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Nutrients. 2013 Jan 10;5(1):111-48. doi: 10.3390/nu5010111.

Vitamin D - effects on skeletal and extraskeletal health and the need for supplementation.

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  • 1Vitamin D, Skin and Bone Research Laboratory, Section of Endocrinology, Nutrition, and Diabetes, Department of Medicine, Boston University Medical Center, 85 East Newton Street, M-1013, Boston, MA 02118, USA.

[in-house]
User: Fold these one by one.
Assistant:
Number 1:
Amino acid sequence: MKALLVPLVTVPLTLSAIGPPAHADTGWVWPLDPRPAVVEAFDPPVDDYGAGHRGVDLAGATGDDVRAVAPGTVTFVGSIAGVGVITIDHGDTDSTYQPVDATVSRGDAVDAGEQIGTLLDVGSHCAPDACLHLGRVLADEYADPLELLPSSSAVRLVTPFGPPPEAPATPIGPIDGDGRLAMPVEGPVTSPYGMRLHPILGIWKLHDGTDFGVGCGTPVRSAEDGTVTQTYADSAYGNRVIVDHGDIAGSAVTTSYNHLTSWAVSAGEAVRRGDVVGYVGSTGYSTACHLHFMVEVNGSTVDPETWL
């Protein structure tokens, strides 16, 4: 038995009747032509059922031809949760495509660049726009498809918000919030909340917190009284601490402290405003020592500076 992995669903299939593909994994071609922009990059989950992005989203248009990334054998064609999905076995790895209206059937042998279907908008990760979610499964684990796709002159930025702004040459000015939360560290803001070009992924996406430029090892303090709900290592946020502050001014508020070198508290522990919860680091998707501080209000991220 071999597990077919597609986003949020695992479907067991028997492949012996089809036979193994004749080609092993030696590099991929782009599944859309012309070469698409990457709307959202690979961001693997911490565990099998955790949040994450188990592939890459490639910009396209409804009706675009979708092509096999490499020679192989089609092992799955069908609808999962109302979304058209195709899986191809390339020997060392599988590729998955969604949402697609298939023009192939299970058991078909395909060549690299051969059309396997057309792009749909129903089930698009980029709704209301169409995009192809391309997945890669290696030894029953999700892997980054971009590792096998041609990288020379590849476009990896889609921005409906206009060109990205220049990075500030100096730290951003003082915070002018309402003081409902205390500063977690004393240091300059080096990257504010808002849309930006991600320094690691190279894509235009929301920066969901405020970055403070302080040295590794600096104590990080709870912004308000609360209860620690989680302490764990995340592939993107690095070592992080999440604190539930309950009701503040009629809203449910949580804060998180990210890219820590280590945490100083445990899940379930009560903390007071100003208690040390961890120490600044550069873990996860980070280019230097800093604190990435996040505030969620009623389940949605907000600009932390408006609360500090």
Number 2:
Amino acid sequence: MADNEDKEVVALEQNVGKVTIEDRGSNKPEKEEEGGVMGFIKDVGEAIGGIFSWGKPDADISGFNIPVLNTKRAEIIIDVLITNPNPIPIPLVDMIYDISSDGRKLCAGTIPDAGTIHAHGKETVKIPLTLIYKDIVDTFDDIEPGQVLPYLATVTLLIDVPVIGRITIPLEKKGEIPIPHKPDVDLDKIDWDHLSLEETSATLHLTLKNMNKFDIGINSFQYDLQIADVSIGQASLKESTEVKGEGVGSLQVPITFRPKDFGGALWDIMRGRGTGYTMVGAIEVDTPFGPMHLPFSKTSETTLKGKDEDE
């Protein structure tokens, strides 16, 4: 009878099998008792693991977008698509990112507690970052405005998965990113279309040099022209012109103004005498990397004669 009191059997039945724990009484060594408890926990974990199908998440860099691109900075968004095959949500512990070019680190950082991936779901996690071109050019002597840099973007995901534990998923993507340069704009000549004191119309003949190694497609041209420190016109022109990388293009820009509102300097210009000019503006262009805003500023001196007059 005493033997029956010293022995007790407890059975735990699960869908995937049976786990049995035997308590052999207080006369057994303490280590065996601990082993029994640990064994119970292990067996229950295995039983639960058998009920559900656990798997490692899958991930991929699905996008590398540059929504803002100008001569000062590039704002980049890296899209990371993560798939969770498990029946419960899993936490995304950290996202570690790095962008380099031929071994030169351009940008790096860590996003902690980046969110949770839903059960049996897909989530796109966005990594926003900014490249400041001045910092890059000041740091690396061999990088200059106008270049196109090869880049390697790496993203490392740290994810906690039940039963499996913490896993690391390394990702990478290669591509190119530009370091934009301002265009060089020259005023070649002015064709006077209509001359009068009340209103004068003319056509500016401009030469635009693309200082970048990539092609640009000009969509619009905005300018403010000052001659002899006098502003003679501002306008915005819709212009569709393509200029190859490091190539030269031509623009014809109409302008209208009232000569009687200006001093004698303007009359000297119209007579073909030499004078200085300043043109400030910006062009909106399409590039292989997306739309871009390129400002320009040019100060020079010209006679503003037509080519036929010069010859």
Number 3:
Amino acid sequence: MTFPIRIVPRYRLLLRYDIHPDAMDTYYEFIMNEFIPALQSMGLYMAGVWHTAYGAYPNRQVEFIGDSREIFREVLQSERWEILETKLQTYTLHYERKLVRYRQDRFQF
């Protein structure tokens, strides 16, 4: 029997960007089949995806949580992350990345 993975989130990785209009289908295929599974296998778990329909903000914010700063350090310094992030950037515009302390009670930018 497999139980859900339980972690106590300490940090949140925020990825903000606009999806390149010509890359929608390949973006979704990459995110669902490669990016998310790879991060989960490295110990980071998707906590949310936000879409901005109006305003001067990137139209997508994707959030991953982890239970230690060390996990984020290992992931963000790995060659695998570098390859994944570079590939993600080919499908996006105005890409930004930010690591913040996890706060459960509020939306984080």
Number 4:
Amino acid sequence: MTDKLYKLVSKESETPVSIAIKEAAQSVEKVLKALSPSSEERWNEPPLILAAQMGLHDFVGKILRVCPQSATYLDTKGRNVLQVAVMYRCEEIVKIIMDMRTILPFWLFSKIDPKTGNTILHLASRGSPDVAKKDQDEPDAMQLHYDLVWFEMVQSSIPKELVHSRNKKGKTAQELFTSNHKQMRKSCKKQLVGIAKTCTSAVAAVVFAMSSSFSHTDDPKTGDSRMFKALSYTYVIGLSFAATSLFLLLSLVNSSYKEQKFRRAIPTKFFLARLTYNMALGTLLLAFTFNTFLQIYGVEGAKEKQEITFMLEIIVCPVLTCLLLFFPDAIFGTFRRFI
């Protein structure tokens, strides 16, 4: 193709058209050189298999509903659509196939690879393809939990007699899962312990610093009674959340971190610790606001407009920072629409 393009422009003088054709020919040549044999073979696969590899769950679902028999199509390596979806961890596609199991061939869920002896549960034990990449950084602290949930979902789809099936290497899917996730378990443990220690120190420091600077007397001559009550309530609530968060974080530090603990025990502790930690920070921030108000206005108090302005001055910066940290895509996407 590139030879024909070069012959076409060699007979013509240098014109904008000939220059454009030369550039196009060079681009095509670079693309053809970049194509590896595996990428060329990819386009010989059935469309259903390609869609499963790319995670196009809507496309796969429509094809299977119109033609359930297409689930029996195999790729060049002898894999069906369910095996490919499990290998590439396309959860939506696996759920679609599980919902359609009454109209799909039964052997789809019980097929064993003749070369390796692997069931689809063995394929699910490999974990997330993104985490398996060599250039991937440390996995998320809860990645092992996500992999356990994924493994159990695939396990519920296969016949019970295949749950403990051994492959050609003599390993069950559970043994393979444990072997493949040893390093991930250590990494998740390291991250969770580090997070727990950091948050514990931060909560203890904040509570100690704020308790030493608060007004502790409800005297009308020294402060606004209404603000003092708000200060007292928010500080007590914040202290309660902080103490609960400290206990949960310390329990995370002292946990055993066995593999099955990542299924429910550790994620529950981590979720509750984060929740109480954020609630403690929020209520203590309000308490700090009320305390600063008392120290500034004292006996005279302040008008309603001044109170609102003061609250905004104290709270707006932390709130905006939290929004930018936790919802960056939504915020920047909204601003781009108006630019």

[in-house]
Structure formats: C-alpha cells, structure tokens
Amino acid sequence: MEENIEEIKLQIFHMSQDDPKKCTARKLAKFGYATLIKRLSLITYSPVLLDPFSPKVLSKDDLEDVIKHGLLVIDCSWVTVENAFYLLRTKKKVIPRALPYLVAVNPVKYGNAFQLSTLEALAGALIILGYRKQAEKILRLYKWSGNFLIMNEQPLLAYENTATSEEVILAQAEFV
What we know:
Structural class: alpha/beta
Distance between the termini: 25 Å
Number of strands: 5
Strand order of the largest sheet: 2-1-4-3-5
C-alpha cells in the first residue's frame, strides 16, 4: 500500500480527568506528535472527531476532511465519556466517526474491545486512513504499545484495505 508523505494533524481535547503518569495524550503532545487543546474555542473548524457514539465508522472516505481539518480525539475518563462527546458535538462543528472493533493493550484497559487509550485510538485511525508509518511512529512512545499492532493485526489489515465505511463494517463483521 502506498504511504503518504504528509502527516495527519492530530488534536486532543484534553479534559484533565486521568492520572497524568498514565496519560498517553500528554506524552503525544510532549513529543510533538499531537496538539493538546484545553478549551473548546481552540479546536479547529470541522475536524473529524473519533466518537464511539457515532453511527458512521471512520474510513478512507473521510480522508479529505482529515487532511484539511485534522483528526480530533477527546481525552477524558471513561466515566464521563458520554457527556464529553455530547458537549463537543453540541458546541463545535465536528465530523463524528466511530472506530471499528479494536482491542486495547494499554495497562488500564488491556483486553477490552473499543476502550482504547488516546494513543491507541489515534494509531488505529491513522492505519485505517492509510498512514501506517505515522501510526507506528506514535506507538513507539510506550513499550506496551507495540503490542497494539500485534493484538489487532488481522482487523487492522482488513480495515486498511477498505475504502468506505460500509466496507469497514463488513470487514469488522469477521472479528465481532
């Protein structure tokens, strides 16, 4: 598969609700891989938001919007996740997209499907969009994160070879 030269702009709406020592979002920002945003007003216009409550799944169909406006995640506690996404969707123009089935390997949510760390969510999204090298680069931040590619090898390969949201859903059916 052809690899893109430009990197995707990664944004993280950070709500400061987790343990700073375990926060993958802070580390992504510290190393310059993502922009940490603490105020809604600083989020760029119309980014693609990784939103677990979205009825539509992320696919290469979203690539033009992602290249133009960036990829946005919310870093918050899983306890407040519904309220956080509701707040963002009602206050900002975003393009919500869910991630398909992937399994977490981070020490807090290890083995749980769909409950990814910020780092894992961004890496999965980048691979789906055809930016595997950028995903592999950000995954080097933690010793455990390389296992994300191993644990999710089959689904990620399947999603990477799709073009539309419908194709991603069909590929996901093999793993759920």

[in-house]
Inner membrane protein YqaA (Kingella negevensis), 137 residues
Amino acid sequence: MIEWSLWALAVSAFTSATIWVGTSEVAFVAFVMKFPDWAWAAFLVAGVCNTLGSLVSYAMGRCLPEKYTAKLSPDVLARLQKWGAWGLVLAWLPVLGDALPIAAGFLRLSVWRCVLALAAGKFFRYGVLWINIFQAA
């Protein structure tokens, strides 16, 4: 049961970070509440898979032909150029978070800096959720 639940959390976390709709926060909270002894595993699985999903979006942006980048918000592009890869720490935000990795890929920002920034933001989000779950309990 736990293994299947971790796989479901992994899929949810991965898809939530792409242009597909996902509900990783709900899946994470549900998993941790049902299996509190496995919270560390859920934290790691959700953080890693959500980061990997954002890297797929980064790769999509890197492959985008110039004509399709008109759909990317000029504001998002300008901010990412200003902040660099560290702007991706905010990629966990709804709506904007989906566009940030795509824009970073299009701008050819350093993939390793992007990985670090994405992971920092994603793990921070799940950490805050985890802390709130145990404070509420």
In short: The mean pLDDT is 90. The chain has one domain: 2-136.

Vitamin D, the sunshine vitamin, has received a lot of attention recently as a result of a meteoric rise in the number of publications showing that vitamin D plays a crucial role in a plethora of physiological functions and associating vitamin D deficiency with many acute and chronic illnesses including disorders of calcium metabolism, autoimmune diseases, some cancers, type 2 diabetes mellitus, cardiovascular disease and infectious diseases. Vitamin D deficiency is now recognized as a global pandemic. The major cause for vitamin D deficiency is the lack of appreciation that sun exposure has been and continues to be the major source of vitamin D for children and adults of all ages. Vitamin D plays a crucial role in the development and maintenance of a healthy skeleton throughout life. There remains some controversy regarding what blood level of 25-hydroxyvitamin D should be attained for both bone health and reducing risk for vitamin D deficiency associated acute and chronic diseases and how much vitamin D should be supplemented.

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